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Syria crisis: Dueling protests held outside White House

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WASHINGTON (AP/WJLA) - Demonstrators gathered outside the White House Saturday as President Barack Obama said he'll seek congressional authorization for the use of force in Syria.

Near the White House Saturday. Photo: Richard Reeve/WJLA
Near the White House Saturday. Photo: Bryan Allman/WJLA

Anti-war protesters congregated outside the White House fence, holding yellow signs and chanting slogans against military intervention.

Syrian-Americans assembled nearby to demand U.S. action against the regime of Syrian President Bashar Assad.

"We don't want no more deaths, no more bloodshed," said one protester.

Military action would be in response to a chemical weapons attack the U.S. says Bashad's government carried out against civilians.

"I think it could potentially be the beginning of WWIII," says Donna Plamondon of Baltimore.

“If we bomb Syria, you could have actions from Iran, you could have actions from Israel, from Russia. You could have global trade come to [a] standstill,” says Ryan Sonnenberg of Frederick.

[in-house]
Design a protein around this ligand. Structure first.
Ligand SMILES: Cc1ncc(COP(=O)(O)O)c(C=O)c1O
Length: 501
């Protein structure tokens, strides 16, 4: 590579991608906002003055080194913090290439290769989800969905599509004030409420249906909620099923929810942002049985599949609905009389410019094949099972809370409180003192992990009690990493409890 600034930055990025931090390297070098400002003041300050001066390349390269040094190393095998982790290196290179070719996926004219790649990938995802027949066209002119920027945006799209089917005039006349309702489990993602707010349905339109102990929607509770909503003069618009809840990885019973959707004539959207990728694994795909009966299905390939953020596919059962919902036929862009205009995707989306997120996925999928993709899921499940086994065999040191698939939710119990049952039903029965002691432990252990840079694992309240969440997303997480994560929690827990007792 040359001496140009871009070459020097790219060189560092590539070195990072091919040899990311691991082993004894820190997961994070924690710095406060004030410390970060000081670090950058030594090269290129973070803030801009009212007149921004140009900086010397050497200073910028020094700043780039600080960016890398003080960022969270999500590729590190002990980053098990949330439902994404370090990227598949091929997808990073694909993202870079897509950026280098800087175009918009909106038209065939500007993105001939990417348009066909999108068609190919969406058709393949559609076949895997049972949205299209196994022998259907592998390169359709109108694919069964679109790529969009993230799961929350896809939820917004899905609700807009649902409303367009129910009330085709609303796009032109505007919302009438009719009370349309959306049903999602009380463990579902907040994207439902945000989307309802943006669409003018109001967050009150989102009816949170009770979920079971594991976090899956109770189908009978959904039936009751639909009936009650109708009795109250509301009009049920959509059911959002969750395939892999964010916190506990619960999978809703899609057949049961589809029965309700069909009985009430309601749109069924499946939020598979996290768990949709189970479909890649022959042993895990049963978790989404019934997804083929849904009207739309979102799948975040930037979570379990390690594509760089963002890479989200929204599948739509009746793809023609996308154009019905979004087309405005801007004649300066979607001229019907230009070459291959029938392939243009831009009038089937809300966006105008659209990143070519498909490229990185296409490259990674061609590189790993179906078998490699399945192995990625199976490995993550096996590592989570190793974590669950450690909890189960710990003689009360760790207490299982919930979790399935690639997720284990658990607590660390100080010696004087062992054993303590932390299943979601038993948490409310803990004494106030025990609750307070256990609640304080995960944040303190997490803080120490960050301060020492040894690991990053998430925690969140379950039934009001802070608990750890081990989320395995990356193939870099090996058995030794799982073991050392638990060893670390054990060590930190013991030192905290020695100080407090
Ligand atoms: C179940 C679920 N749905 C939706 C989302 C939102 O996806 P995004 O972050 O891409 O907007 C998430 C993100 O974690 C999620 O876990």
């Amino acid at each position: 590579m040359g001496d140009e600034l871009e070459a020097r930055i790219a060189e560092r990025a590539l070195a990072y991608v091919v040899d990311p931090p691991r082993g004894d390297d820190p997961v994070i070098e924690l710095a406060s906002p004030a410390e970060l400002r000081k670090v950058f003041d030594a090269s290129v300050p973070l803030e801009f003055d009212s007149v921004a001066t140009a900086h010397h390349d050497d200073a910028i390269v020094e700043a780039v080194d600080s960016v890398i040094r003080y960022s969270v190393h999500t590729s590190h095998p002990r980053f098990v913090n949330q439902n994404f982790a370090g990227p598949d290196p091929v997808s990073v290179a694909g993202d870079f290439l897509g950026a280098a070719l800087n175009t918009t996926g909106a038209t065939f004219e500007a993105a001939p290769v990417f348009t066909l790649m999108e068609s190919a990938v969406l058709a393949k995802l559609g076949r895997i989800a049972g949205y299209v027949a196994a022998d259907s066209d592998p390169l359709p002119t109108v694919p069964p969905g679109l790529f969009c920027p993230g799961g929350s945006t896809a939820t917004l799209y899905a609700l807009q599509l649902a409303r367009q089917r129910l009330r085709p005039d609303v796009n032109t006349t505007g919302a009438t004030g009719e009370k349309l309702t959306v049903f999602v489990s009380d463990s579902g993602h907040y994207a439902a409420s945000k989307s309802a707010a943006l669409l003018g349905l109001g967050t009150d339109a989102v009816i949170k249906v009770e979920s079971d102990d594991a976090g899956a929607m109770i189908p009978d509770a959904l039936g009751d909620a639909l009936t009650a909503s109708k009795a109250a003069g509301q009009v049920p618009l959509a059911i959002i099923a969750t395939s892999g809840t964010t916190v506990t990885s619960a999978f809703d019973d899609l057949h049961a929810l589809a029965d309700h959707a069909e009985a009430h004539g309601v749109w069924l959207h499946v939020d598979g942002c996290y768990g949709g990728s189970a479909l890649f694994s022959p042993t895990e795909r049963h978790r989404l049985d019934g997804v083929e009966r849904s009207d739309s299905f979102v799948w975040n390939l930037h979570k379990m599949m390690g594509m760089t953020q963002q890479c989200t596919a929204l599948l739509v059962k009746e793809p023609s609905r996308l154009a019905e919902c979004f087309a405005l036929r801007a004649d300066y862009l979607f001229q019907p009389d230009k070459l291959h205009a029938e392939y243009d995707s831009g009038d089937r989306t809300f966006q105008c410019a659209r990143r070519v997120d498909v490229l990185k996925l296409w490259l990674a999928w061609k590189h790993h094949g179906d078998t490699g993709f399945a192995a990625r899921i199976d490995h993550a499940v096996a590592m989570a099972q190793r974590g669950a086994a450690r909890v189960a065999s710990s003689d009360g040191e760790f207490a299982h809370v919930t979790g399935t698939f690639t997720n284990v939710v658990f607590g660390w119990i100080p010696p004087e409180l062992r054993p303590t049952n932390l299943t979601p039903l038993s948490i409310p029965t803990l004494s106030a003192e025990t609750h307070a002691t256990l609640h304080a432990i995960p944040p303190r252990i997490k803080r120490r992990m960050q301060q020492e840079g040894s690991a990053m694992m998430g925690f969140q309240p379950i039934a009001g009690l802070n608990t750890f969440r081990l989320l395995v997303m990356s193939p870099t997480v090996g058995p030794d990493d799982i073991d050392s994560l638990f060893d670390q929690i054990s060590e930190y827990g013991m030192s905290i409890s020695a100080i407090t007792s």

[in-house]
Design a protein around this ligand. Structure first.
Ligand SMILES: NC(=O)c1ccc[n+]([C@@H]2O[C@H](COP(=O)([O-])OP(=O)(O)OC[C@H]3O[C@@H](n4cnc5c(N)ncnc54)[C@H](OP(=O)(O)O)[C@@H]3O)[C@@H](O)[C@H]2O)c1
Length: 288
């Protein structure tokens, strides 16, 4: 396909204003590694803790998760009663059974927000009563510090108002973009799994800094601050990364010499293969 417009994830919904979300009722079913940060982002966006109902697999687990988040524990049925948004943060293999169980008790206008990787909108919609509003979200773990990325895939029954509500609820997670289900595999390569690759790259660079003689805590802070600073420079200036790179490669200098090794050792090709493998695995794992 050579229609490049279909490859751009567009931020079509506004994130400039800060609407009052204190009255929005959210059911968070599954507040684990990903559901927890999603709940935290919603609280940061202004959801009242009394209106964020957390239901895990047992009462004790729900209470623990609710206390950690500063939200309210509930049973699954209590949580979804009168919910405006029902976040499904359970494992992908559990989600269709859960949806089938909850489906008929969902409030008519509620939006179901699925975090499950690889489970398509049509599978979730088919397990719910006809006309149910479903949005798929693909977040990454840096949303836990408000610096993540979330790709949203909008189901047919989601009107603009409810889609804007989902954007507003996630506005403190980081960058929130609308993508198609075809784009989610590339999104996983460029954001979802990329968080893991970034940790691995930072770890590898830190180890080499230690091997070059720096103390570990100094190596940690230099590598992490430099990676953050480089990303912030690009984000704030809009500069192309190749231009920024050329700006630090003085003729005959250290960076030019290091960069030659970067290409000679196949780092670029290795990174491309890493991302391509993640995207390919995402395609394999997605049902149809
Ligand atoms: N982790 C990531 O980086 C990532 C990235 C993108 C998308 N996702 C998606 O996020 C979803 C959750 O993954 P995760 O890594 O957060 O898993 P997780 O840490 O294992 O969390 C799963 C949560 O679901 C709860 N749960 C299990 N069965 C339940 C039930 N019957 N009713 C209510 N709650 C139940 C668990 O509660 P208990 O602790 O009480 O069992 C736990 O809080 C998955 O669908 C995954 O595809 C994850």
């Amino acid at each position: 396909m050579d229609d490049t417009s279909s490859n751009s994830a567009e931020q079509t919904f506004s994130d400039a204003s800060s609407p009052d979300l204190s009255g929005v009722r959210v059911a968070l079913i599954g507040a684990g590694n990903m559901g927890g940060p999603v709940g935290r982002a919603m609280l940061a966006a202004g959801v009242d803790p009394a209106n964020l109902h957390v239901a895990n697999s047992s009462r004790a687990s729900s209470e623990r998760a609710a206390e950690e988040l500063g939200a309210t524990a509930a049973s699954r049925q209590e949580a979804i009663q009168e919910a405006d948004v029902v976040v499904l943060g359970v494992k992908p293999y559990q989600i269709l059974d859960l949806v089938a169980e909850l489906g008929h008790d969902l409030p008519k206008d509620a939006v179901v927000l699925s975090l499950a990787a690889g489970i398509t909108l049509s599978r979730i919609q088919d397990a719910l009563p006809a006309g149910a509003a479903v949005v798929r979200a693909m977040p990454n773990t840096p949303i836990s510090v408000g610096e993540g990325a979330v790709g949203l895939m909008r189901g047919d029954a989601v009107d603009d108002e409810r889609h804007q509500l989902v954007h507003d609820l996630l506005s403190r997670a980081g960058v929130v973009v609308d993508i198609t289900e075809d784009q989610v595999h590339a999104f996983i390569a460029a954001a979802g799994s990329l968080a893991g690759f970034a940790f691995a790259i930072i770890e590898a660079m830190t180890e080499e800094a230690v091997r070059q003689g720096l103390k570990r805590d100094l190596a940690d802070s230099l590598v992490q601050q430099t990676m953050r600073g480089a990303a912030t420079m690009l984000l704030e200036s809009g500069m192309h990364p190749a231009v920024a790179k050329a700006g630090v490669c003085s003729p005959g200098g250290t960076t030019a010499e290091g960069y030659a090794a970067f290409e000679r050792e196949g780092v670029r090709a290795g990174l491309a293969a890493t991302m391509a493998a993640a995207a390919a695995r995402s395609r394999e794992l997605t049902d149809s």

Roman Kishi, a Syrian-American doctor in northern Virginia, said the only available option is to take out Assad. He says now is the right time.

“We see bodies mutilated, brutally mutilated,” says Obadah, a Syrian immigrant. “Two-year-old babies, pregnant moms. Everybody’s being killed by the Assad regime.”

Anti-war protester Tristan Brosnan disagreed, saying the civil war had been going on for a while and there was no reason for the U.S. to change course.

Among those opposing intervention were supporters of Assad.

“He has to do what he has to do. Take out all the fanatics that destroy our country,” says Amal Esmail, a Syrian immigrant.

But there are genuine fears of U.S. involvement with an uncertain outcome.

“I don’t see any improvement in the political situation by getting involved in another war over there,” says John Zangas, a former U.S. Marine.

Still, amid the voice of dissent are those who say it is time for the U.S. to act.

“I think the gas attacks cross the line,” Larry Murphy says. “Something needs to be done.”

From one Syrian man, a desperate plea.

“Everybody that’s holding a gun needs to drop the gun down and say let’s talk. Let’s stop killing each other.”

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